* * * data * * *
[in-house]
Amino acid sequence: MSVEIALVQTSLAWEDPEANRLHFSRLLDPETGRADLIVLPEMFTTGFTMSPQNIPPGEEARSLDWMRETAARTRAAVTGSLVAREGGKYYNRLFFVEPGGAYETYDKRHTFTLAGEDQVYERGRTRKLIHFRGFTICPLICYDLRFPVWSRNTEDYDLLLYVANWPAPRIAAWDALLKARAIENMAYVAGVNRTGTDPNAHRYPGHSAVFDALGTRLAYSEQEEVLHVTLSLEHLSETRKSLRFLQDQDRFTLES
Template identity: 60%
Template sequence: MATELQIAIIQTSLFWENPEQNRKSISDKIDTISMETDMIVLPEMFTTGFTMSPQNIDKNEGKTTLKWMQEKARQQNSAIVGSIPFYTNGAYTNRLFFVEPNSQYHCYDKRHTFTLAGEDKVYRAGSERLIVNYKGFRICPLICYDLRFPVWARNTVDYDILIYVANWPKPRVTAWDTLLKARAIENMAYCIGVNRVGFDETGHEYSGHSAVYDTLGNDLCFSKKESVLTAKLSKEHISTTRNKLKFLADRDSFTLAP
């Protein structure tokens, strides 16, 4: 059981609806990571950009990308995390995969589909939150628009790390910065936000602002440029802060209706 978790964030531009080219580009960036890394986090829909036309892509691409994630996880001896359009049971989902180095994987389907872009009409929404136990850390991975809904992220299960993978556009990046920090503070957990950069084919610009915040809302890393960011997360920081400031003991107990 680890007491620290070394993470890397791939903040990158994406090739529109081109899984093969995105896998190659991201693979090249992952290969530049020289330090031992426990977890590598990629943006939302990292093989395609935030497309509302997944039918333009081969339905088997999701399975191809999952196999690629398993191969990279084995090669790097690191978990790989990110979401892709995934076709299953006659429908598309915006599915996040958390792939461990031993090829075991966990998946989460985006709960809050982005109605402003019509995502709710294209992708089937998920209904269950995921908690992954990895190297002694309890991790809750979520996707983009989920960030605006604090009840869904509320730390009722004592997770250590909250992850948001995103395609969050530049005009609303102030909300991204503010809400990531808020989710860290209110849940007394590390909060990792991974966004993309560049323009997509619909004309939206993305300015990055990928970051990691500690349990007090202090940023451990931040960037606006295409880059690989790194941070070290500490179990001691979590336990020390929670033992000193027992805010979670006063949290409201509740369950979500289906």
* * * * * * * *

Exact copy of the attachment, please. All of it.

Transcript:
[in-house]
Amino acid sequence: MSVEIALVQTSLAWEDPEANRLHFSRLLDPETGRADLIVLPEMFTTGFTMSPQNIPPGEEARSLDWMRETAARTRAAVTGSLVAREGGKYYNRLFFVEPGGAYETYDKRHTFTLAGEDQVYERGRTRKLIHFRGFTICPLICYDLRFPVWSRNTEDYDLLLYVANWPAPRIAAWDALLKARAIENMAYVAGVNRTGTDPNAHRYPGHSAVFDALGTRLAYSEQEEVLHVTLSLEHLSETRKSLRFLQDQDRFTLES
Template identity: 60%
Template sequence: MATELQIAIIQTSLFWENPEQNRKSISDKIDTISMETDMIVLPEMFTTGFTMSPQNIDKNEGKTTLKWMQEKARQQNSAIVGSIPFYTNGAYTNRLFFVEPNSQYHCYDKRHTFTLAGEDKVYRAGSERLIVNYKGFRICPLICYDLRFPVWARNTVDYDILIYVANWPKPRVTAWDTLLKARAIENMAYCIGVNRVGFDETGHEYSGHSAVYDTLGNDLCFSKKESVLTAKLSKEHISTTRNKLKFLADRDSFTLAP
């Protein structure tokens, strides 16, 4: 059981609806990571950009990308995390995969589909939150628009790390910065936000602002440029802060209706 978790964030531009080219580009960036890394986090829909036309892509691409994630996880001896359009049971989902180095994987389907872009009409929404136990850390991975809904992220299960993978556009990046920090503070957990950069084919610009915040809302890393960011997360920081400031003991107990 680890007491620290070394993470890397791939903040990158994406090739529109081109899984093969995105896998190659991201693979090249992952290969530049020289330090031992426990977890590598990629943006939302990292093989395609935030497309509302997944039918333009081969339905088997999701399975191809999952196999690629398993191969990279084995090669790097690191978990790989990110979401892709995934076709299953006659429908598309915006599915996040958390792939461990031993090829075991966990998946989460985006709960809050982005109605402003019509995502709710294209992708089937998920209904269950995921908690992954990895190297002694309890991790809750979520996707983009989920960030605006604090009840869904509320730390009722004592997770250590909250992850948001995103395609969050530049005009609303102030909300991204503010809400990531808020989710860290209110849940007394590390909060990792991974966004993309560049323009997509619909004309939206993305300015990055990928970051990691500690349990007090202090940023451990931040960037606006295409880059690989790194941070070290500490179990001691979590336990020390929670033992000193027992805010979670006063949290409201509740369950979500289906």